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Cyclospora is a parasite that causes diarrhea
Cyclospora infections (cyclosporiasis) in humans have been reported since 1979 and the number of cases reported each year has increased since the mid 1980s. Large outbreaks of cyclosporiasis have been reported since 1996. It is believed that most of these outbreaks were caused by Cyclospora contaminated raspberries which were imported from another country, but other contaminated foods are also thought to have caused some outbreaks of cyclosporiasis.
Transmission can occur by eating food or drinking water contaminated with feces that contain Cyclospora
Cyclospora needs time (days or weeks) to become infectious after being shed in feces (stool). Because Cyclospora takes so much time to become infectious, it is unlikely that Cyclospora is passed directly from one person to another. The primary source of the parasite is not yet known, and it is unknown whether animals can be infected and pass the infection to people.
Symptoms appear about 1 to 14 days (usually one week) after eating contaminated food or drinking contaminated water
Symptoms include watery diarrhea with frequent, sometimes explosive, bowel movements. Other symptoms can include extreme fatigue, loss of appetite, substantial weight loss, increased gas and bloating, stomach cramps, nausea, vomiting, and low-grade fever. Symptoms of cyclosporiasis may come and go and, if untreated, illness can last for a few days to a month or longer. Some infected persons may not have symptoms.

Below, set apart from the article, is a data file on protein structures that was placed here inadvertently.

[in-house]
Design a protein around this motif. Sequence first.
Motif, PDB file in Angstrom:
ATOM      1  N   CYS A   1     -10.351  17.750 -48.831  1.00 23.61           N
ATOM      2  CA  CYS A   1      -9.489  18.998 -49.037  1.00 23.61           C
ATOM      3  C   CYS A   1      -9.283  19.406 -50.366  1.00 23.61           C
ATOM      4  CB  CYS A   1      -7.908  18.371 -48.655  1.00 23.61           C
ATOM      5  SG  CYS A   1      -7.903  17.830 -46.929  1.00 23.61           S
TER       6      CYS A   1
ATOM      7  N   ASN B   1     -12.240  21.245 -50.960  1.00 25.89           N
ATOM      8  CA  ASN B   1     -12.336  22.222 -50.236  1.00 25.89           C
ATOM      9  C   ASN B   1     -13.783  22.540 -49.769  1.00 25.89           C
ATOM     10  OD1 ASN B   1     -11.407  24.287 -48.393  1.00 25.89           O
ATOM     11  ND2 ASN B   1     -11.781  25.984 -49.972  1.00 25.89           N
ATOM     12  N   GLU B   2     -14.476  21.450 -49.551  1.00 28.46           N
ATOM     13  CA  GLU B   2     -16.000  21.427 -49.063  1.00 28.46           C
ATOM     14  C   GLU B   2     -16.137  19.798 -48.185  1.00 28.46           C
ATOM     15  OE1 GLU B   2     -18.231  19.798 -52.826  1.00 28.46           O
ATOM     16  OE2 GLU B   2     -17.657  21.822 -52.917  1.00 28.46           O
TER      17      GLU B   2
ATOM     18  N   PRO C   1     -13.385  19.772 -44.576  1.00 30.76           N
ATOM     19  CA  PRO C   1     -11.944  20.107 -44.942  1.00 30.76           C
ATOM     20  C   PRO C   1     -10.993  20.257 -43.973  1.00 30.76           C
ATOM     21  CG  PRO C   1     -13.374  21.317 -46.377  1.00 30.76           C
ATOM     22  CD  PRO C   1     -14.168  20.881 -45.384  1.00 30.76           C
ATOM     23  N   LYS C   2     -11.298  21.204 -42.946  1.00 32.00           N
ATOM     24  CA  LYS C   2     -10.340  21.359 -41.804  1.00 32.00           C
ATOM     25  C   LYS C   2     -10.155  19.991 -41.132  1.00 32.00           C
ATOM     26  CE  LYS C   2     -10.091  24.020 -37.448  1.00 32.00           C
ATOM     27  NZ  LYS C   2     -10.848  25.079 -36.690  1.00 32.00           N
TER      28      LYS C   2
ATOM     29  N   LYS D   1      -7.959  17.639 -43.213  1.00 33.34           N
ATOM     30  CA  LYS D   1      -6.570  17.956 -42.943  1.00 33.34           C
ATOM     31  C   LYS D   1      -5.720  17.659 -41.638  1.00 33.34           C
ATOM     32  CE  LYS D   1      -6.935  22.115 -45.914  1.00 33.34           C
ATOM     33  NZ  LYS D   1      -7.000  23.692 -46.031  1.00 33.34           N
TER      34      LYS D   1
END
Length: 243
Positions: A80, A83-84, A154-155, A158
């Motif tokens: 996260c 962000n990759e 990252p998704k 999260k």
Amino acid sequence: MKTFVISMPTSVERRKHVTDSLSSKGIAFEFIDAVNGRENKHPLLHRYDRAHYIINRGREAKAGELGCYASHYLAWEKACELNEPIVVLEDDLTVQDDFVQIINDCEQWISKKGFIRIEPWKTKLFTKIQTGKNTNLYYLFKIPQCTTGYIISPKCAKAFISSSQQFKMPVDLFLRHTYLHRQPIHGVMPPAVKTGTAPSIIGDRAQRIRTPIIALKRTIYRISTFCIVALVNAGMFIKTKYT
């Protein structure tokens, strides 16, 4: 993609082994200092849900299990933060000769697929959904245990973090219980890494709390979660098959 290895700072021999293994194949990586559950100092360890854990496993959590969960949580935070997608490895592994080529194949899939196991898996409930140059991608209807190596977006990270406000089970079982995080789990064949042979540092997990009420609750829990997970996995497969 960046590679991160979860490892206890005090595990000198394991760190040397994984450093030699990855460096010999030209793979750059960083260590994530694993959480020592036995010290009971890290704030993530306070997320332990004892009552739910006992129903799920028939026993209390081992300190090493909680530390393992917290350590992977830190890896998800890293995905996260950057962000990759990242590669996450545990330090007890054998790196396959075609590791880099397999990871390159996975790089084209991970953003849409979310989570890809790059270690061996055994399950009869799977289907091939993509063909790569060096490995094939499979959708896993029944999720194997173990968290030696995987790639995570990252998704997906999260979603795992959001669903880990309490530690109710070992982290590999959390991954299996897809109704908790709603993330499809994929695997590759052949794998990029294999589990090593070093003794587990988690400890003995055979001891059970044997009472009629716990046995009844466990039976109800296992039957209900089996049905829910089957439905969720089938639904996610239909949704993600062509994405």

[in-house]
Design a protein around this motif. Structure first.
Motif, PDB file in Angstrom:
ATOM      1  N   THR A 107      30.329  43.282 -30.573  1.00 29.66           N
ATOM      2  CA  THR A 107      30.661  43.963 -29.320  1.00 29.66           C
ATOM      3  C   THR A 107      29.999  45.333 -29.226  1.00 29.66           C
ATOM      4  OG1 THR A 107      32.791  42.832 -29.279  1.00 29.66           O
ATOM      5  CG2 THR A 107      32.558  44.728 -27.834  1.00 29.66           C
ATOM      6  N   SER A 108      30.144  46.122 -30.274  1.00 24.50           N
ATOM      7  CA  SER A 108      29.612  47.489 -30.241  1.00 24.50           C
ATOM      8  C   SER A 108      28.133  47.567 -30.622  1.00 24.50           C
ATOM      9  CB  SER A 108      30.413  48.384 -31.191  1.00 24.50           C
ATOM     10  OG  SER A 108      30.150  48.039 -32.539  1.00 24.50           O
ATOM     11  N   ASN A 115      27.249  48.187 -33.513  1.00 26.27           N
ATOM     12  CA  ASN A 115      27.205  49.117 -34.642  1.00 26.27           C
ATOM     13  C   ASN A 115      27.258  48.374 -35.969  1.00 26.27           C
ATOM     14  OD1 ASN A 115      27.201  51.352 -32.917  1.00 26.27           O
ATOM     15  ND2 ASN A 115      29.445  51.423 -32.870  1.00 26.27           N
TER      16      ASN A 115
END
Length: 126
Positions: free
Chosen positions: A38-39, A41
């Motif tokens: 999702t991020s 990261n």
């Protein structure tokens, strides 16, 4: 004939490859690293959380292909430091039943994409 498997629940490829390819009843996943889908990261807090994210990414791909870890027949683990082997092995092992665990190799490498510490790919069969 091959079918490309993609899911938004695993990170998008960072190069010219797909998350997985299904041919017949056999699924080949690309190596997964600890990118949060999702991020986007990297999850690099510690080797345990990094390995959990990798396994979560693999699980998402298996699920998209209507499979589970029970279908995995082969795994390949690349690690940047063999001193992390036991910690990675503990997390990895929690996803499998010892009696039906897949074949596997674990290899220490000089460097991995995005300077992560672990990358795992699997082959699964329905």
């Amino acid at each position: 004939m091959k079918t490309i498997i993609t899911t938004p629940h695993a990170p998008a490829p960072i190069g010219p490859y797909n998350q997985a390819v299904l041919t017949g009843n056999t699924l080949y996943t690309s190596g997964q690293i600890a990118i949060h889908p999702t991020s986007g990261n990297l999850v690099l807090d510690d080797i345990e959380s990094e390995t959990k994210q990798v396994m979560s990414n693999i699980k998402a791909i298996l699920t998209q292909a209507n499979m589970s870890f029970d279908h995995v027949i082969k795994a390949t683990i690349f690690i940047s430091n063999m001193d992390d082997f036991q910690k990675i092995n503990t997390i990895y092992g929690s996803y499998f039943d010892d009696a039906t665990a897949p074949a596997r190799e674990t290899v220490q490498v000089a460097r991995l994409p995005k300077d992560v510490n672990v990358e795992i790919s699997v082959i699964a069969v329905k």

Anybody can get cyclosporiasis
People of any age are at risk for infection. People living in or traveling to developing countries may be at increased risk, but infection can be acquired worldwide. In the United States, most cases of Cyclospora infection are detected in the spring and summer.
Cyclosporiasis is treated with antibiotics
Patients with AIDS may need longer treatments with higher doses of antibiotics. People with severe or long-lasting diarrhea should call their doctor.
Laboratory tests are available to look for Cyclospora in stool
Because many laboratories do not routinely check for Cyclospora in stool samples, your doctor must specifically request a Cyclospora test if cyclosporiasis is suspected.
The risk of cyclosporiasis can be reduced
Because the source of Cyclospora is not yet known, it is not possible to completely remove all risk of getting cyclosporiasis. Doctors, scientists, and public health specialists are still working to better understand Cyclospora. In the meantime, the following steps may help reduce the risk of getting cyclosporiasis and other diarrheal illnesses:
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